Quiet, steady meditation meets flamboyant, frenetic expression—these very distinct vibes contrast and compliment each other in Toronto Dance Theatre’s pairing of two new works. For this final presentation of their season, Convergent Divergency, TDT continues their celebration of diverse, intersecting artistic practices.
We open with choreographer Atri Nundy’s helix. Out of the dark stillness, subtle movement becomes gradually apparent as cool, neutral light brightens. Six performers (Yuichiro Inoue, Rachana Joshi, Peter Kelly, Megumi Kokuba, and Purawai Vyas) slowly converge, limbs gently rising and falling—sometimes in unison, sometimes slightly offset.
Valerie Calam’s pale green outfits are understated, fitted, comfortable. Never acknowledging each other directly, we sense an awareness between them, a common purpose beneath the shared rhythm. The slow, deliberate posturing is very Tai Chi and the overall affect is calming. It eventually starts to feel monotonous, even when the jarring, irregular counting starts up.
I appreciated the elegant, relentless symmetry of the piece; from the mid-point on, though, I found it a little tiresome. I never quite felt invited into whatever communal headspace the performers were experiencing. I imagine it could pull you in, if the soothing aesthetic and placid energy resonate with you.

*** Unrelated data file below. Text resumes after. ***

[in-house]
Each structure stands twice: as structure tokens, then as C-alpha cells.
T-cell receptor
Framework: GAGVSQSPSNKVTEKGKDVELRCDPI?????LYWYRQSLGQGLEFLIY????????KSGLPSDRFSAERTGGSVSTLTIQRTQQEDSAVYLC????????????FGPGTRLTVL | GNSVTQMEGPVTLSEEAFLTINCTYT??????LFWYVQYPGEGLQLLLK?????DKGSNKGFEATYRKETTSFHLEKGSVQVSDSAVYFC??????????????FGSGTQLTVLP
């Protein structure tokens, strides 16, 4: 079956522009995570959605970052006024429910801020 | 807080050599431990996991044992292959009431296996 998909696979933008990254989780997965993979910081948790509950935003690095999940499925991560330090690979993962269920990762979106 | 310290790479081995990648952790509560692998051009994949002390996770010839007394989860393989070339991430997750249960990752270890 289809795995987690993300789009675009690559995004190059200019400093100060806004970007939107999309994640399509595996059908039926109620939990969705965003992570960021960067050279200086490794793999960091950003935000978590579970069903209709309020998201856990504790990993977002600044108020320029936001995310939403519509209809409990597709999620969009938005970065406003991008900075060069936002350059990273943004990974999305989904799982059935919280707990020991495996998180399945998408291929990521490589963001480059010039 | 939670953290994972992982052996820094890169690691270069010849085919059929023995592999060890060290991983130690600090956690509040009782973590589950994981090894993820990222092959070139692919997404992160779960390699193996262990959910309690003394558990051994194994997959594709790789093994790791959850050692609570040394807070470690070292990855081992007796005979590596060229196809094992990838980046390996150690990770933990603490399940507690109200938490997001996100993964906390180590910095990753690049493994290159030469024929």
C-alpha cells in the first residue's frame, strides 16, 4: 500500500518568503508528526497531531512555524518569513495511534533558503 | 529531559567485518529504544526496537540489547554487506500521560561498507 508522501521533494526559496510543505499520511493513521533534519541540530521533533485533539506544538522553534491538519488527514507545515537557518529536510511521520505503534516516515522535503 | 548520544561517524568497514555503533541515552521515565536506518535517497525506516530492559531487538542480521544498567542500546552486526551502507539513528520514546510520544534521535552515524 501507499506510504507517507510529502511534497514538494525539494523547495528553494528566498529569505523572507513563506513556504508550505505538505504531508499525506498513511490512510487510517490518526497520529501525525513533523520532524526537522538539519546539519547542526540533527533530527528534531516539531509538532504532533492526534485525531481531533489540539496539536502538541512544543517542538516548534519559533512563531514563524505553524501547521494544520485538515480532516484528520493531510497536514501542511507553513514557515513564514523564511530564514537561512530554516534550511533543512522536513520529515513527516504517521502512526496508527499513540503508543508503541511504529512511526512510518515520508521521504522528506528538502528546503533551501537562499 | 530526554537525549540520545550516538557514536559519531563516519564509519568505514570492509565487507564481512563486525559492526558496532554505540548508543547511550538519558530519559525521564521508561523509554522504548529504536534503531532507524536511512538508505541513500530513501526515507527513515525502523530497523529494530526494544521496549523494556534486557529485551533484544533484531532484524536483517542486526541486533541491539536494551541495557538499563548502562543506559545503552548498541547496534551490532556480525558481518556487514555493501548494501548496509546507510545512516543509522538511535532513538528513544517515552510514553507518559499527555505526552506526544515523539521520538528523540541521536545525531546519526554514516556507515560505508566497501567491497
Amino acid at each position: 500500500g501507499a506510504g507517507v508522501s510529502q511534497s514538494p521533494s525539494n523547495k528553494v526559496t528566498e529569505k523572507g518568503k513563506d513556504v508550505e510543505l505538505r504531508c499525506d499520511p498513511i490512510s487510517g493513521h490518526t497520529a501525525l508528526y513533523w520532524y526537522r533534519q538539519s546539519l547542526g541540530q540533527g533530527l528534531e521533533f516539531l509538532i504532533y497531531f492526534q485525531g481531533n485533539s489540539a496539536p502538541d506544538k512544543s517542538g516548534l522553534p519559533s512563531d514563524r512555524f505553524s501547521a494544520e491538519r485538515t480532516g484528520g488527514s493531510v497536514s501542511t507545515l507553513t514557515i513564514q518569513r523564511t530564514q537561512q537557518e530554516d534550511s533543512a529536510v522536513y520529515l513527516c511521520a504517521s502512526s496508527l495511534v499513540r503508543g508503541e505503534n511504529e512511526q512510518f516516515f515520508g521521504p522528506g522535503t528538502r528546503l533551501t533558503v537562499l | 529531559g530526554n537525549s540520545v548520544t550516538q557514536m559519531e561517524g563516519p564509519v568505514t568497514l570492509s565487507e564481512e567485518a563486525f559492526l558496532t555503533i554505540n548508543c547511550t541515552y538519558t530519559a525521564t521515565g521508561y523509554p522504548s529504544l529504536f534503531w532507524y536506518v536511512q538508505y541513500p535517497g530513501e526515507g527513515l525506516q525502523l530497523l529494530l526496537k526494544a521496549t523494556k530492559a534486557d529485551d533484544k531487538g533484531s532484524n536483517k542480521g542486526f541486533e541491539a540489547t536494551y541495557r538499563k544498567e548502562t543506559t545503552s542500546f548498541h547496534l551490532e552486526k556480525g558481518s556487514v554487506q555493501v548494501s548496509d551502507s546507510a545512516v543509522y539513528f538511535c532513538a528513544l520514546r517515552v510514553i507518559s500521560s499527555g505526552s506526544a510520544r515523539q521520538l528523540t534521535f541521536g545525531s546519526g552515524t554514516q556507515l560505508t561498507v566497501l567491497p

Danah Rosales’ GIVE ME ONE is a thrilling tonal and aesthetic shift. As we re-enter the space from intermission, the performers (Jocelyne ‘Jaws’ Cardenas, Matthew ‘Snoopy’ Cuff, Kelly-Ann Johnson, Erin Poole, Devon Snell, and Roberto Soria) rile us up. Myst Milano’s pulsating, electronic soundscape, helps prime us for an immersive, exhilarating event.
We’re propelled into this world of dynamic individuality with a quippy catwalk session. After itemizing their outfits, rattling off retail brands and prices, deconstructing their deal with call-outs to Value Village and Zara; two performers engage in a style battle with plenty of shade throwing.
With its high-octane voguing, the piece feels like an innovative, anarchic fashion show. Diséiye’s outfits are whimsical and imaginative, a blend of garish and classy looks. The momentum has a similar duality, both graceful and sassy. With appreciative cat-calling, the performers and audience are locked into a heady feedback loop. It’s an electrifying, uplifting spectacle.
The quiet riguor and austerity of helix does intensify the thrill of GIVE ME ONE and the juxtaposition seems perfect in retrospect. Noah Feaver’s lighting design helps to conjure the contrasting moods of each; from neutral wash to vivid colour, the light seems in conversation with the bodies in movement.